Hydrographic section data with chemical observations (1995 and repeats)

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Fig. 2.1a  Hydrographic data for proposed analyses.  Red: WOCE (largely 1995) sections with TIC and alkalinity measurements. (Not every station includes all measurements.)  Magenta: JGOFS cruises with TIC and alkalinity.  Black: Sections without TIC and alkalinity.  Bathymetry: NGDC ETOPO1 1-min. gridded relief, showing how rough the bottom is along the many ridge systems (Smith and Sandwell, 1997; Becker et al., 2009).

(L. Talley)


Fig. 2.1b Southwest and Northeast Monsoon hydrography.   Red: WOCE (largely 1995) sections with TIC and alkalinity measurements. (Not every station includes all measurements.)  Magenta: JGOFS cruises with TIC and alkalinity.  Black: Sections without TIC and alkalinity.  Bathymetry: NGDC ETOPO1 1-min. gridded relief, showing how rough the bottom is along the many ridge systems (Smith and Sandwell, 1997; Becker et al., 2009).

(L. Talley)


Enlarge Image
Fig. 2.2 Dissolved inorganic carbon along the WOCE Indian Ocean I8/I9 1995 transect at approximately 95oE (umols/kg). (WOCE Indian Ocean Atlas)


Fig. 2.3 Location of  GLODAP (Key et al. 2004) stations.    Green:  with anthropogenic carbon estimates.

(A. M. Macdonald)


The principal hydrographic data set (Fig. 2.1) is the 1995 Indian Ocean survey (WOCE), composed of multiple zonal and meridional sections (Ffield, 1997), most with full suites of chemical measurements (Table 2.1), including carbon observations (red in Fig. 2.1).  Full chemistry includes: temperature, salinity, oxygen, nutrients, chlorofluorocarbons, 3He, tritium, D14C, total inorganic carbon (TIC), and alkalinity. An overview of what is available for each primary WOCE section in Fig. 2.1 is found in the WOCE Indian Ocean Atlas (http://www-pord.ucsd.edu/whp_atlas/indian_index.html) (Talley, 2009), for example Figure 2.2.

 

Additional data sets include repeat hydrographic sections within the same 1995 time frame and monthly hydrography with carbon in the Arabian Sea (JGOFS) (magenta in Figure 2.1). Due to the strong monsoonal variability, we will not treat the northern Indian Ocean as a steady state for which we can use all WOCE sections.  Instead the SW and NE monsoon periods will be separated as in Fig. 2.1 (right column), using the repeat hydrography.  And, importantly, we will use output from the POP and ECCO models to look at monsoonal response since the single repeats cannot provide true seasonal sampling.

We will also analyze repeats of the 32°S section, which bounds the Indian Ocean and is the canonical section for calculating the Indian Ocean’s role in global overturn (e.g. Figs. 1.1). A complete section, with partial chemistry, was performed in 1987, followed by an incomplete section with full chemistry in WOCE, a complete section with full chemistry in 2002 (U.K.), and a new section will begin in March 2009 with full chemistry (U.S.).

 

The primary seasonal synthesis will be for the SW monsoon period observations which bracket the western boundary and Arabian Sea with the full suite of chemistry, and include all major sections south of 15°S.  Most sections in this realization, except for the 1987 32°S transect and the repeated 80°E section, include carbon (red in Fig. 2.1).  The data sets with chemistry have already been merged and carefully quality controlled for the WOCE Indian Ocean Atlas (see prior NSF support) and GLODAP (Figure 2.3); repeat data sets have also been merged and subjected to quality control by WHPO (now CCHDO), CDIAC, and US JGOFS.   Most "1-time" survey data were collected on multiple legs from the R/V Knorr, and were either collected by the same group or intercalibrated. In 1995, coordinating with the 1-time survey, NOAA repeated several sections in the opposite monsoonal season. German and British data in the same time frame are also included in our proposed effort. We will use the GLODAP anthropogenic carbon (Cant) estimates (Key et al., 2004) provided for most of these lines.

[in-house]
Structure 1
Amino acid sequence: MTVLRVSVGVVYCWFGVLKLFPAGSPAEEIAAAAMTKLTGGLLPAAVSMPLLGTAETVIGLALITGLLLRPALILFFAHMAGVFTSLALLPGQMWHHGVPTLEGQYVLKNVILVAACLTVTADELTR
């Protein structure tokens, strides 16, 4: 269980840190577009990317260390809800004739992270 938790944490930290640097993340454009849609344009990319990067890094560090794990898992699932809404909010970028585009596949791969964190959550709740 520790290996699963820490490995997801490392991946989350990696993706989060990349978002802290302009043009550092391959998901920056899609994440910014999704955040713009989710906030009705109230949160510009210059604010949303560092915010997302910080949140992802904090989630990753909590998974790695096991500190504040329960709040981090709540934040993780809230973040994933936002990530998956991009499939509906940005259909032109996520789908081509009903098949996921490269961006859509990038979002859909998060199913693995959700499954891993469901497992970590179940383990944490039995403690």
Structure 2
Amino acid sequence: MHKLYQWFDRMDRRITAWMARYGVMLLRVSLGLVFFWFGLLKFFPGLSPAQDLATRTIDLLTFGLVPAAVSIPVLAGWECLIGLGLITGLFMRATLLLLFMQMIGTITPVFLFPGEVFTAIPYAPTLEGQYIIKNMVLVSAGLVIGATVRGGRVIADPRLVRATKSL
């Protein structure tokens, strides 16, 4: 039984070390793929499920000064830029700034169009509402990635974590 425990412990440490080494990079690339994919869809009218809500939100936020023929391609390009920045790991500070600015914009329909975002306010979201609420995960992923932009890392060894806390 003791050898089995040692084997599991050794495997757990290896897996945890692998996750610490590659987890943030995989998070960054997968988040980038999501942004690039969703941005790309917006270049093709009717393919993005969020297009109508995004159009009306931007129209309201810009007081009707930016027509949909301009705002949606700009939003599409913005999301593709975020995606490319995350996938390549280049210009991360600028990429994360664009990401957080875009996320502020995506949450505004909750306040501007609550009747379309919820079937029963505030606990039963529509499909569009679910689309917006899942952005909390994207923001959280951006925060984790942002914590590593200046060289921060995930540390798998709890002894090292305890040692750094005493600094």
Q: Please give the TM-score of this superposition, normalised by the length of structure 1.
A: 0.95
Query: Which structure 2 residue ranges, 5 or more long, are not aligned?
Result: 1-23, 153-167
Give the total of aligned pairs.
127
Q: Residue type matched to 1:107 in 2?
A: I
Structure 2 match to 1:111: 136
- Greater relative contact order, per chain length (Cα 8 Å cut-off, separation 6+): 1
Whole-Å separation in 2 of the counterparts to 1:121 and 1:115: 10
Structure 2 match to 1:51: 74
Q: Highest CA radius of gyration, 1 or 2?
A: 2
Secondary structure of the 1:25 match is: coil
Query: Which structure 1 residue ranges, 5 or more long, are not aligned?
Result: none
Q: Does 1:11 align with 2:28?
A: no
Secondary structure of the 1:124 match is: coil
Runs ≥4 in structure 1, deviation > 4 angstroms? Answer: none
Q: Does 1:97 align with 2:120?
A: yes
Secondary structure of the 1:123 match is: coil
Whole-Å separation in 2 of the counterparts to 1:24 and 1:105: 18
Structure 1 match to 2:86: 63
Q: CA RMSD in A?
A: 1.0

To compute geostrophic velocity from hydrography initial reference velocities are required for each station pair. Our first estimate will be the reference velocity field constructed by Reid (2003) for the 1995 WOCE survey. These data have been quality controlled, station pairs at intersections have already been chosen for determining dynamic heights, and an initial estimate of a bottom reference velocity is provided for every station pair. These data were used to examine structure in global meridional overturn (Talley et al., 2003), and to study details of the meridional heat and freshwater transports (Talley, 2003, 2008).   Our other principal choice will be the ADCP (shipboard and lowered) velocities collected at the same time as the station data on at least all of the cruises with chemical tracers.   We will also consider constraining the velocities with the mean subsurface float streamfunction from Davis (2005) (Figure 3.1 in section 3.2).



Table 2.1
Properties available through GLODAP

Property

# Bottles

% Bottles

#Stations

%Stations

Temperature

70012

100

2439

100

Salinity

68552

97

2427

99

Oxygen

68868

98

2423

99

Nitrate

67549

96

2364

97

Nitrite

47148

67

1580

65

Phosphate

67405

96

2338

96

Silicate

67744

96

2364

97

TIC

33285

47

1657

68

TALK

29279

42

1576

65

CFC11

31573

45

1743

71

CFC12

30858

44

1668

68

Cant

19359

28

1179

48

       
         
         
         
         
         
         
         
         
         
         
         



 

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Last updated July 27, 2012
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